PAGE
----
The statement condemning the "bad science" of Satoshi Kanazawa, evolutionary psychologist and reader in the Institute of Management at the London School of Economics, is patently disingenuous ("Damage limitation: evolutionary psychologists turn on controversial peer", 2 June). The 68 signatories say that they support academic freedom and that "politically sensitive topics should not be taboo in science". Yet in practice, whenever a political scientist addresses a controversial topic such as racial differences in physical attractiveness, their methodology is invariably found wanting.
If Kanazawa is so manifestly incompetent, how did he persuade the LSE to appoint him in the first place? American Psychologist, the prestigious peer-reviewed journal that published his article "Evolutionary psychology and intelligence research" (2010), also failed to detect the "poor quality" of his work.
What really concerns Kanazawa's "colleagues" (including the aforementioned phalanx of signatories) is not his methodology, but his attempt to integrate evolutionary and differential psychology. The latter discipline includes, of course, the disputatious subject of racial differences.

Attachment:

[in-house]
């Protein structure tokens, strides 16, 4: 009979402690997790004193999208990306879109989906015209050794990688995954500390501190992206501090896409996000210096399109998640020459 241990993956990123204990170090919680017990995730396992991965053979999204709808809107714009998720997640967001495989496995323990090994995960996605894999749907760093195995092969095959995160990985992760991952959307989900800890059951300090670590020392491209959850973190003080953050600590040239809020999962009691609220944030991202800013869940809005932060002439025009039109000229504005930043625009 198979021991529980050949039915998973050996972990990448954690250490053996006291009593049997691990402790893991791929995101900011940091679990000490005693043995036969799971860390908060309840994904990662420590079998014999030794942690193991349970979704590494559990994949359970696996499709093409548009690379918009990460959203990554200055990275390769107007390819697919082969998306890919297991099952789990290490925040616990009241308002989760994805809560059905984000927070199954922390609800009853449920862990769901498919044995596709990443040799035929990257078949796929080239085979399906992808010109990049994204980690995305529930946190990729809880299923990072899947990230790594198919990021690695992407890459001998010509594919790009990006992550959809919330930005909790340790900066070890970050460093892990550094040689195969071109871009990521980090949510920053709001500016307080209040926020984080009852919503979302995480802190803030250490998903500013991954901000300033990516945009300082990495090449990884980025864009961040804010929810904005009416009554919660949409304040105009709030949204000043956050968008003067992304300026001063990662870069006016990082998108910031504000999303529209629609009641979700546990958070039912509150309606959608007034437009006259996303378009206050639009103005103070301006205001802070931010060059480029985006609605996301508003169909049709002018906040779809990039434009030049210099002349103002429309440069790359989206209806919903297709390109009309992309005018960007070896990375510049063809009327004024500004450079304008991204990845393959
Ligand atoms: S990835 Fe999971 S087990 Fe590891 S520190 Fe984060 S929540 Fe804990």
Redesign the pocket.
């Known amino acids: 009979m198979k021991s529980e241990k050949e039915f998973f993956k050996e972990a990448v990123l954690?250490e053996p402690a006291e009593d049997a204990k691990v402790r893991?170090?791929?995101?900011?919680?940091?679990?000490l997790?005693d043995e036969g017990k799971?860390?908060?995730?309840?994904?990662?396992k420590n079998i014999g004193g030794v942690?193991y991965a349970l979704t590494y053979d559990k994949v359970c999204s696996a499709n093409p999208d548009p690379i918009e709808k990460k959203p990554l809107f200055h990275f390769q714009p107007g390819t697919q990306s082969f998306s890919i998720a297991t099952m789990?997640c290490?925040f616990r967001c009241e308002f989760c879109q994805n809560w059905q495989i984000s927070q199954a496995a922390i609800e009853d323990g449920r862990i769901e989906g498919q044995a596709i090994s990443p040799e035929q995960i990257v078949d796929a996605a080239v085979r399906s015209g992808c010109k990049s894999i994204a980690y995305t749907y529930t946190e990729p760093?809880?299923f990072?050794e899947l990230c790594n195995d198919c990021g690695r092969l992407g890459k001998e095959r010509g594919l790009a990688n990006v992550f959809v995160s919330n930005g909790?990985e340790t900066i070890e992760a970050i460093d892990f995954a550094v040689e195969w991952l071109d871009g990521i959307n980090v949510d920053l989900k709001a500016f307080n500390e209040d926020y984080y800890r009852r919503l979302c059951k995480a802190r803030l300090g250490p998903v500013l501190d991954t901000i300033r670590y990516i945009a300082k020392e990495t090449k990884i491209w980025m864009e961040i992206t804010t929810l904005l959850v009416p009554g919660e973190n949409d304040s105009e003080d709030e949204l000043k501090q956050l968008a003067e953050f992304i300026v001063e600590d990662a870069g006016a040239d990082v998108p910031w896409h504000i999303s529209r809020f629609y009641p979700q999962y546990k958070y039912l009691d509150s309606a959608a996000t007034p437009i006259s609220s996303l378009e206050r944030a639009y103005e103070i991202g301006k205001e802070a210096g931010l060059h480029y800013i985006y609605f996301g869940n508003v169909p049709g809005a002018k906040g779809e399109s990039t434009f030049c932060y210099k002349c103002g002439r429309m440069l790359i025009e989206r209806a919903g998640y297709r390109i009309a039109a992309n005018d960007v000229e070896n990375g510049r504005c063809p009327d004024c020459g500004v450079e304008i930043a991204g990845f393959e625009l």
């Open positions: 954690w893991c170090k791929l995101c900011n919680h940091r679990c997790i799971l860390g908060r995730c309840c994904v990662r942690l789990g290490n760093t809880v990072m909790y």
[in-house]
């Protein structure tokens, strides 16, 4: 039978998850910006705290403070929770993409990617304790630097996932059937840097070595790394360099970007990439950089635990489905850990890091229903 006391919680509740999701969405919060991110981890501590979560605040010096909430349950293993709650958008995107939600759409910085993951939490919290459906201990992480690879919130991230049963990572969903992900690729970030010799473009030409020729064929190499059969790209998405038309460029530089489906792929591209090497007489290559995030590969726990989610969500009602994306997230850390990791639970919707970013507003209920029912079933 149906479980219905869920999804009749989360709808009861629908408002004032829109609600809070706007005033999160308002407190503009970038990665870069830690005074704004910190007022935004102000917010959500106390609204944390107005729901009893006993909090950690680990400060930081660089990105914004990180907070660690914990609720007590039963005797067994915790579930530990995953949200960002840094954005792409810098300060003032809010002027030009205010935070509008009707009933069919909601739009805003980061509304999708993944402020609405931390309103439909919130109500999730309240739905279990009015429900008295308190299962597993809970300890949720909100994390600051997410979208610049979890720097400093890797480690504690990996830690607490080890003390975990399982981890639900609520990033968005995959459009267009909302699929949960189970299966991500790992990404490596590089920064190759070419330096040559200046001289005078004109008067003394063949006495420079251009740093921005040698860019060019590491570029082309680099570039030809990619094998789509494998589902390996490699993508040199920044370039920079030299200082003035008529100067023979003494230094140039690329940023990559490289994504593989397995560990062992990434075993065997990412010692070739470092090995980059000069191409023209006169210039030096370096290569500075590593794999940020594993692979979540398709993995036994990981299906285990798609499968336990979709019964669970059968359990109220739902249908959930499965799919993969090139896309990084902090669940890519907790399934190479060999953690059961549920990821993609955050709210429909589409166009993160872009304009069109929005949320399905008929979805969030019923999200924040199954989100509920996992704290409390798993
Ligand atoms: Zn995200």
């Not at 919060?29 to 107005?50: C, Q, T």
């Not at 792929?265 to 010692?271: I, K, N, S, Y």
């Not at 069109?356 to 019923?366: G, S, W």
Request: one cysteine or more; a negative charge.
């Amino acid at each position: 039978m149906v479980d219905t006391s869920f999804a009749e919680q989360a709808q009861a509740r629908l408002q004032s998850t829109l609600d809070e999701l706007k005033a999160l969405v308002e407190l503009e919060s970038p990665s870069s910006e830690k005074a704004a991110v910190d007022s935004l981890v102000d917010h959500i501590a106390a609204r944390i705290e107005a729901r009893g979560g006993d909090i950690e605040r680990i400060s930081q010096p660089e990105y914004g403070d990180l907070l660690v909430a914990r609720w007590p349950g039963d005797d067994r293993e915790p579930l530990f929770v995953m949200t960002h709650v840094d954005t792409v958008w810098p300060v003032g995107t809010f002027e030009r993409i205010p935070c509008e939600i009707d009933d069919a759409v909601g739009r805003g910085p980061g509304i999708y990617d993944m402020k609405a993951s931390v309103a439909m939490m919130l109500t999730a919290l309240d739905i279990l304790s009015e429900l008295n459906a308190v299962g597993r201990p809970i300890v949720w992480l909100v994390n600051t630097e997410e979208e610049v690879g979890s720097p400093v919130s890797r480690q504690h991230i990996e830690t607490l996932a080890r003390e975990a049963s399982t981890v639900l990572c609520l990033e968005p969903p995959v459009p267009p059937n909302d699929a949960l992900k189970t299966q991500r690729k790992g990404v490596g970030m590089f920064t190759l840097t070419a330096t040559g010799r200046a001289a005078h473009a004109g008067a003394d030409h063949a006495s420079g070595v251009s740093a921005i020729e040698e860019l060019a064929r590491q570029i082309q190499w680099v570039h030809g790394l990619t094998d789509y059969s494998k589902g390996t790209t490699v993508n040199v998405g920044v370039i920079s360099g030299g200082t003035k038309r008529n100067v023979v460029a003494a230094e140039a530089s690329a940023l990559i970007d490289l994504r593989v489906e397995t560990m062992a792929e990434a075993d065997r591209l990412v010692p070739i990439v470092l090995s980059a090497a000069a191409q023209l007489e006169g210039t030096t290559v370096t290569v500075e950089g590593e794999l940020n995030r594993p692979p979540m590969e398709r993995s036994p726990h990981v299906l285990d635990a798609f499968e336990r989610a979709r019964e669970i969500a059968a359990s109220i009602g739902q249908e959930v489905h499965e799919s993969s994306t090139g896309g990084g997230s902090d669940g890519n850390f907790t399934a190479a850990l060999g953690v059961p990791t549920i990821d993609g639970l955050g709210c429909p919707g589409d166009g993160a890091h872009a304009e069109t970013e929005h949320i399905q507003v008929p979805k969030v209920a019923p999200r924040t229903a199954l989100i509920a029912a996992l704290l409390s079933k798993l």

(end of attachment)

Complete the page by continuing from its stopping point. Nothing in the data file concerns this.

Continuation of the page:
Evolutionary research, according to the authors of the statement, should remain "culturally sensitive" (ie, so anodyne that nobody could object to it). In a public lecture at the LSE earlier this year, Simon Baron-Cohen reported that women on average are more empathic than men and nobody demurred. Yet this claim is no more "culturally sensitive" than Kanazawa's comments on race and beauty (subsequently redacted) in Psychology Today.
Whether Kanazawa is right or wrong on the question of racial differences in physical attractiveness, he should not be persecuted for pursuing his vocation.
Leslie Jones, Deputy editor, Quarterly Review